Current affairs have resulted in businesses shutting their doors and asking staff to work at home when possible. The first barrier to overcome is team communication, as voice communication and video conferencing takes the role of face-to-face interaction.
The concept of working from home has steadily gained acceptance over the last decade or so. Most businesses – and many staff members- viewed it more of an extra perk the employer can offer, rather than the core model of operation, however. While a growing number of managers allow staff to occasionally work remotely, most are skeptical on whether it can offer the same dynamics and level of interpersonal creativity an office environment can. Some have trust issues regarding their team members, because they cannot physically check in on them. So far, structural working from home has been mostly consigned to freelancers. And even many of them actually opt for a coworking space to at least mimic a bustling working environment to help them stay focused.
Remote Working is Here to Stay
That common wisdom was slowly changing before. That process is now suddenly accelerating. A growing number of businesses are rapidly implementing structural home working arranging. One extremely important component of a successful remote working arrangement is communication. ‘Facetime on demand’ is often seen as the main benefit of the traditional office environment, and finding a suitable replacement can be very challenging.
Communication is Key
An important reason why facetime is so coveted is that communication is clear. Setting aside the value of non-verbal communication, there are no sound distortion between sender and receiver. The potential of misunderstanding is simply much lower when interacting face to face rather than over a distance.
Clarity of communication is less of a technical issue than it was a decade ago. Broadband internet is available to most in the developed world, while IP telephony and Unified Communications have come a long way as well. In fact, it is mostly the periphery that is often the bottleneck for audio quality: earphones and microphones.
Earphones basically have two functions: they produce the audio transmitted through the network so we can hear them, and they need to keep ambient noise out. That balance is more nuanced than most people think. Flimsy earphones that are often packed in with a budget smartphone not only offer poor audio quality, they also offer almost nothing in terms of ambient isolation. But high-end shell earphones that are great for listening music can even be worse for communication purposes. They may do an excellent job in shutting out ambient sound, but they are also effective in muting the user’s own voice. And, because meetings can take a while, they need to sit comfortably so workers don’t have any issues after prolonged use.
For microphones, the question of quality is more one-sided: they need to pick up your voice and nothing else, without interfering during normal working activities.
Another aspect that plays a heavy role in the success of a remote working setup is the software. Whether it is Skype or a complete Unified Communications suite, the solution needs to be selected based on needs and budget. One thing that is always important to remember, however, is headset compatibility. Not all suites support all headsets, and not all headsets are optimized for all communication solutions. Call accepting buttons on the headsets are of little use if the softphone doesn’t support it on that particular model, for example.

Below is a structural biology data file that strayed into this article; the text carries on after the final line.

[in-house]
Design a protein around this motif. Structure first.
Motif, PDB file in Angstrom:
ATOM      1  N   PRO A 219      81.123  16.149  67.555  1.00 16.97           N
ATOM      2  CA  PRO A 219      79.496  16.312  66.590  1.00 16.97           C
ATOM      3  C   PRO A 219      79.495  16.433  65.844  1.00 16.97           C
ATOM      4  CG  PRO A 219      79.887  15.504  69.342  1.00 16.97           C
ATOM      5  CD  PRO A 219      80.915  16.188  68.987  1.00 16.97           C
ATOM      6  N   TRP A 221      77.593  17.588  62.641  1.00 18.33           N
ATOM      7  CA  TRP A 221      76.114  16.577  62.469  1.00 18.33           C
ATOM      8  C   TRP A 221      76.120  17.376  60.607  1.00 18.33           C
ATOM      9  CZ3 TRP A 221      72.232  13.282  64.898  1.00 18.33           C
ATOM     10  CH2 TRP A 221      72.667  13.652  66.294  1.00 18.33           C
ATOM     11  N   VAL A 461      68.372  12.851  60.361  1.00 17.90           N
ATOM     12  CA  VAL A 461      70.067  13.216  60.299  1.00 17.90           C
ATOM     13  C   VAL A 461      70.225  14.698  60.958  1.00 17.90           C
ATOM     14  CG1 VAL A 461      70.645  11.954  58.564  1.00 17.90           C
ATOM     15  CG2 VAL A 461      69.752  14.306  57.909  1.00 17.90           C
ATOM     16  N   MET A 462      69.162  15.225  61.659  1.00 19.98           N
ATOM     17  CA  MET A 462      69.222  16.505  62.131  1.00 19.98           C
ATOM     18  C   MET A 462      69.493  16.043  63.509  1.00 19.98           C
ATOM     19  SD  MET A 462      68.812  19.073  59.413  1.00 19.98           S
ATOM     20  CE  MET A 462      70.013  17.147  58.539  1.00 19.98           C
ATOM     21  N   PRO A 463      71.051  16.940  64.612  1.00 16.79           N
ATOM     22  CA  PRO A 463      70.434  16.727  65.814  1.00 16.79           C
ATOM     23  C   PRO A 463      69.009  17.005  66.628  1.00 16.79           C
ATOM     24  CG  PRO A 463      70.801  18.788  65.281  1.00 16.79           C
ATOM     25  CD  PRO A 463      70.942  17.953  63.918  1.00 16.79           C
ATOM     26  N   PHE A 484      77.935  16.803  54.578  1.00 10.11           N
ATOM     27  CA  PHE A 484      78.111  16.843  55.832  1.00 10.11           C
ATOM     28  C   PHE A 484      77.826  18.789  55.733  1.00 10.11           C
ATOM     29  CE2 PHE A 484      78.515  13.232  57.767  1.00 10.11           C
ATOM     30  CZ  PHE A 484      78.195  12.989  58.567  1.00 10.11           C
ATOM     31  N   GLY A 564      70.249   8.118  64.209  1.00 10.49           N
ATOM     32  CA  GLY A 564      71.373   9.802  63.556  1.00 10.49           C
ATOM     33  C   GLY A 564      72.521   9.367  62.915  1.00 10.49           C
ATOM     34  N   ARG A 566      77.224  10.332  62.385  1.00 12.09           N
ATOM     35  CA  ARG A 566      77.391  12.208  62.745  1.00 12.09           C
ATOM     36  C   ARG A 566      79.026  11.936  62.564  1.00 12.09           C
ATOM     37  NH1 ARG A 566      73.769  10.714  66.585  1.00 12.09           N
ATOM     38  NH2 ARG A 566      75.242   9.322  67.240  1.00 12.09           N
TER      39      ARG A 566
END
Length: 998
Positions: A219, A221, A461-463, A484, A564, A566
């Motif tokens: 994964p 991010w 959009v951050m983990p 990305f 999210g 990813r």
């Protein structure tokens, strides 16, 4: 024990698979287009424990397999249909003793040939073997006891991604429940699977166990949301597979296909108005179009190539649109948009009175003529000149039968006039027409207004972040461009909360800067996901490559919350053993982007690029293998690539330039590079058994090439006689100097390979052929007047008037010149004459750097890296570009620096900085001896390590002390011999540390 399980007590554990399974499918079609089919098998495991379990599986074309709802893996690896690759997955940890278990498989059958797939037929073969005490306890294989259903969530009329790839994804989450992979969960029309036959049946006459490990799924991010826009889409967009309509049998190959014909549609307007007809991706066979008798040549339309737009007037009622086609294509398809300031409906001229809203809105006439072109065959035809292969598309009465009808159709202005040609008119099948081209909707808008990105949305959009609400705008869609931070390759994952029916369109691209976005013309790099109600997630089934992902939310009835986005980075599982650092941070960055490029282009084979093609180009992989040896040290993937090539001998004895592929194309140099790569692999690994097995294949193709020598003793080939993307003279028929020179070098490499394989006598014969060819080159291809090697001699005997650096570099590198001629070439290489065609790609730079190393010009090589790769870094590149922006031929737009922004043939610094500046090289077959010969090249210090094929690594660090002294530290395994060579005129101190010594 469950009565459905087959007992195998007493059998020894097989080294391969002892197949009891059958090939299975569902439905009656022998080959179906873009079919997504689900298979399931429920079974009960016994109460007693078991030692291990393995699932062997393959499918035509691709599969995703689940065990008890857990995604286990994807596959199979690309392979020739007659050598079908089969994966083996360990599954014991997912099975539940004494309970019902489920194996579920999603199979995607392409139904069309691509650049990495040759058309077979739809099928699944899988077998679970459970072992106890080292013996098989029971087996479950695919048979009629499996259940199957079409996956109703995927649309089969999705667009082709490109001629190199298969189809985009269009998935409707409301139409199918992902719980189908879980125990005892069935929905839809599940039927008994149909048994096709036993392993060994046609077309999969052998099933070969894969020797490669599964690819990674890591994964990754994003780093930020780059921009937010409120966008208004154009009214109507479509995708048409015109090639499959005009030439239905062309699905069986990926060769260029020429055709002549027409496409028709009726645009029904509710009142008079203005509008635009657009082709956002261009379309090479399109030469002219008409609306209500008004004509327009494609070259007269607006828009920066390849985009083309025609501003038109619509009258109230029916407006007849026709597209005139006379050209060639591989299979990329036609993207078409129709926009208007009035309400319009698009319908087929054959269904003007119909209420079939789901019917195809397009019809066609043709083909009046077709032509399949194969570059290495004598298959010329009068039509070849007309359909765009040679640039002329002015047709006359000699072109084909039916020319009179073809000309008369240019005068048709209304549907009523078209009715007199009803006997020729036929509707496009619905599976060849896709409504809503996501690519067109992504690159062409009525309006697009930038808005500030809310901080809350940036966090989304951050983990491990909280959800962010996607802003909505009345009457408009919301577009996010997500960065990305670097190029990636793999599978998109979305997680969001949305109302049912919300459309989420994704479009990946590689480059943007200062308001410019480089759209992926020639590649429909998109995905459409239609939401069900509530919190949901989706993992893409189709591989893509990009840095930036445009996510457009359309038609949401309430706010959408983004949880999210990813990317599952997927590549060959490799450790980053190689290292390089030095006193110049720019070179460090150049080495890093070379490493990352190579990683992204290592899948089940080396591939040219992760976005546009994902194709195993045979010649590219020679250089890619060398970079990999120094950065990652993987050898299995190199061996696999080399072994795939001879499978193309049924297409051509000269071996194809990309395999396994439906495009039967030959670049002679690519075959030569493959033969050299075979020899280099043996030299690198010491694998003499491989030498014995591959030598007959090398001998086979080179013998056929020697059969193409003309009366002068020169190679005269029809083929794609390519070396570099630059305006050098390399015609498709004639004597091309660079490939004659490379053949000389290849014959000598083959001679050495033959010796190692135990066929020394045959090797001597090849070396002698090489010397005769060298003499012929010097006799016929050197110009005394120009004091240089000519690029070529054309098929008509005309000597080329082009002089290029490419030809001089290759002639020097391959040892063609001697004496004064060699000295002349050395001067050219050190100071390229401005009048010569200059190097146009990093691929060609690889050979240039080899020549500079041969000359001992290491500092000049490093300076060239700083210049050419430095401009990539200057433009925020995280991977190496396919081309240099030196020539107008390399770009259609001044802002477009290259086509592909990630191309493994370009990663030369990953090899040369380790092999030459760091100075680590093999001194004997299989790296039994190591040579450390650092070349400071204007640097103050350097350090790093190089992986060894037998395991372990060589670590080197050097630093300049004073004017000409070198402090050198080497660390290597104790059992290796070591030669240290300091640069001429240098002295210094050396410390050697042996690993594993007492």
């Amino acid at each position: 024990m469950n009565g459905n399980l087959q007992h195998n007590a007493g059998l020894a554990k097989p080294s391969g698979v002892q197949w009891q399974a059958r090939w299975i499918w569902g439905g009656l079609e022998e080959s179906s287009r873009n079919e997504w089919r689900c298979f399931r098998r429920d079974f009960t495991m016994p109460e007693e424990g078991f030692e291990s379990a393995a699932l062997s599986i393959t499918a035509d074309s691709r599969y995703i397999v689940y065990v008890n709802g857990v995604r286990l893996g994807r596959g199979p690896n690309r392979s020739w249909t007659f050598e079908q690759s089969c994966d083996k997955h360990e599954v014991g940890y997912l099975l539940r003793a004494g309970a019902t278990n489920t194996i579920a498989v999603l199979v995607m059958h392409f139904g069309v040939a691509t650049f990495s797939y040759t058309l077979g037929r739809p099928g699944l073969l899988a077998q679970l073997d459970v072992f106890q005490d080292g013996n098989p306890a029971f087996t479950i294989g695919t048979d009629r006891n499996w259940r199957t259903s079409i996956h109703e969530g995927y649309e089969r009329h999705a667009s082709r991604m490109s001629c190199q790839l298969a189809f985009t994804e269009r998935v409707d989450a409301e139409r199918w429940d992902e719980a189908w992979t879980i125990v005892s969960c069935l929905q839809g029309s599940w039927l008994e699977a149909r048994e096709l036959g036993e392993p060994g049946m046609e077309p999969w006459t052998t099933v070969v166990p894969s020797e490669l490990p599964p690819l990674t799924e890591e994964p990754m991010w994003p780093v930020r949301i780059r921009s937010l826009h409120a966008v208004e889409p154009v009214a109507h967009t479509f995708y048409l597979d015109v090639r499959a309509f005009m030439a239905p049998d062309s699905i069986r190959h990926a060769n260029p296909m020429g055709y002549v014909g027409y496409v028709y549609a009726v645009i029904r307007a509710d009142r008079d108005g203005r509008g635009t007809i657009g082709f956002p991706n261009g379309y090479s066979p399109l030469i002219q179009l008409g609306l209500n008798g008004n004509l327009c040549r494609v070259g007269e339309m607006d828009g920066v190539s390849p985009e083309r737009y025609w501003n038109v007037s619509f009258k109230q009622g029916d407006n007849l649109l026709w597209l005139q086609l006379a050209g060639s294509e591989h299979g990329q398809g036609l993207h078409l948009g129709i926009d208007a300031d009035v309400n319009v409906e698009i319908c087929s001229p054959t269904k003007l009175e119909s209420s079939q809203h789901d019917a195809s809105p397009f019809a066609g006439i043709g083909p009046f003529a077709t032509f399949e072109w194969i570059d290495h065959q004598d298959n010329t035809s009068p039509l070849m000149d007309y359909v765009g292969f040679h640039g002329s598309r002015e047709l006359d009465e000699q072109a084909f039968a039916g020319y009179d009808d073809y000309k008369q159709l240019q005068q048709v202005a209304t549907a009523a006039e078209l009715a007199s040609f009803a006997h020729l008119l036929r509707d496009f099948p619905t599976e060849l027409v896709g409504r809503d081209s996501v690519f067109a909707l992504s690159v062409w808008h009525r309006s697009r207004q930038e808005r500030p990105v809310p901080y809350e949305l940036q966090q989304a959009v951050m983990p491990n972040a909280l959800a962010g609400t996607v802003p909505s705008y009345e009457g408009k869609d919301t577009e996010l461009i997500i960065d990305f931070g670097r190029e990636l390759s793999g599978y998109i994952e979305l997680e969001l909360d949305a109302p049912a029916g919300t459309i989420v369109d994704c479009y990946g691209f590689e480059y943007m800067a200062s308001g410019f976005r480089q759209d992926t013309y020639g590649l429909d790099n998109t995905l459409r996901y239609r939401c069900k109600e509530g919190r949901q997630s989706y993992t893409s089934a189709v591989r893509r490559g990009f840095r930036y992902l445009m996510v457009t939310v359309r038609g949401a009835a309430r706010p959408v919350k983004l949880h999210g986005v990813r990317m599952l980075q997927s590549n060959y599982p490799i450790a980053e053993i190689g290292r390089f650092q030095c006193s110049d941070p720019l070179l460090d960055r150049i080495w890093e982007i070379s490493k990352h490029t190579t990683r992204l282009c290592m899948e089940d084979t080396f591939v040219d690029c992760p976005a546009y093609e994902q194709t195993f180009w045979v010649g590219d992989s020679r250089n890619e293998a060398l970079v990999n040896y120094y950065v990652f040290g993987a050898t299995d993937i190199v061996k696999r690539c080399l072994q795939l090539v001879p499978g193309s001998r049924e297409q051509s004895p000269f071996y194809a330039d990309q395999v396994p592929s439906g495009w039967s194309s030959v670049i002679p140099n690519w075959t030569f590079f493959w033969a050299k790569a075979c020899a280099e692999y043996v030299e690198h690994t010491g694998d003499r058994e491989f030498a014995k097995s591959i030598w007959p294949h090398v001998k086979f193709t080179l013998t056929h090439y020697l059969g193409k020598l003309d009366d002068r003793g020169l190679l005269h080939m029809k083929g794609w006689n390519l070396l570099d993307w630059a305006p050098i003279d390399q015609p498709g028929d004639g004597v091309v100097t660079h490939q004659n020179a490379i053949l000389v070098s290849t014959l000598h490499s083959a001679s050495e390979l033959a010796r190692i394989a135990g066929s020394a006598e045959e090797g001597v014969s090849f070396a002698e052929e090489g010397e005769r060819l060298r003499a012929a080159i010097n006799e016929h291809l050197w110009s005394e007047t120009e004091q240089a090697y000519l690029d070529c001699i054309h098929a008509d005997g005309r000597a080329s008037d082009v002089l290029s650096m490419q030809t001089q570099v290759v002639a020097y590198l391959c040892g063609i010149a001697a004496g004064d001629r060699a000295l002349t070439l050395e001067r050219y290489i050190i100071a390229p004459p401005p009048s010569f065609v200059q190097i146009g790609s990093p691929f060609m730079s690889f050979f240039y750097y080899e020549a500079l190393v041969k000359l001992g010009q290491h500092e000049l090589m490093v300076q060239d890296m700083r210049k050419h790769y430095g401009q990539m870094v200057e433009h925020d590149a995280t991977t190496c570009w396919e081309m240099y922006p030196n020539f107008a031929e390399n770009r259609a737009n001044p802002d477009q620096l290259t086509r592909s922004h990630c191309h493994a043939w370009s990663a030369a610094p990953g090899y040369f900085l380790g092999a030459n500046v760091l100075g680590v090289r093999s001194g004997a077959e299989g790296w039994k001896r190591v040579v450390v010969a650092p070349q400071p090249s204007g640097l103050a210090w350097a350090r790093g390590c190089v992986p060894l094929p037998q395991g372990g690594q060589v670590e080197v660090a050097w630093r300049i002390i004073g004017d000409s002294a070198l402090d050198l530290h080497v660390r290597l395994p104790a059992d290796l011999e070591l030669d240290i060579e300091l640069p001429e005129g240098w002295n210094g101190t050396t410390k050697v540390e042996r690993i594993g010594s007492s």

The solutions of Axtel Headsets are all designed with audio quality and usability as core features. The VOICE portfolio models in particular are very well suited for remote working, with audio quality and wear comfort that fit every working environment.
The possibility for both 28mm speakers and 40 mm speakers allows for business users to weigh their choices based on their personal situation. The 28mm speakers are optimized for conversations and allows staff to concentrate on their calls. The foam earpads in VOICE 28 isolate the user from ambient sounds, without interfering with their ability to communicate. The 40mm speakers, meanwhile. offer unrivaled enjoyment of music and media, and the leatherette earpads optimally isolate the user from ambient sounds.
The noise cancelling microphone in both variants ensures that ambient sounds also do not interfere with the other party’s capability to hear and understand the caller. Crucial for home environments, which are less controlled than the office.
The same goes for worker safety. That goes far beyond wearing comfort, even though that aspect is crucial for easily distracted home workers clocking long hours. Axtel Headsets are always equipped with shock acoustic protection, which shields the user against sudden and unexpected loud sounds or high-pitched noise that can induce hearing damage. Finally, all headsets are produced from environmentally safe materials.
Choice of Connectors
The wide choice of connector plugs, with USB, 3,5mm jack and, in case of the Axtel Professional portfolio, QD options, allows for a wide range of use cases. The QD (Quick Disconnect) connector allows home workers to use any communication device they use, while being able to move around the premises without dropping the current call. QD is a great fit for professional users who need the same technical possibilities at their home office as available in a fully equipped facility.
Whether connected to a computer, deskphone or smartphone directly through USB or 3.5mm jack, or indirectly through QD, the wear comfort makes sure that remote workers can stay focused, productive and above all: reachable.
If you want to know more about our headset offering, please have a look at our website and technical brochures. And if you have any queries concerning our portfolio or your personal business needs, please contact us. We are always ready to help.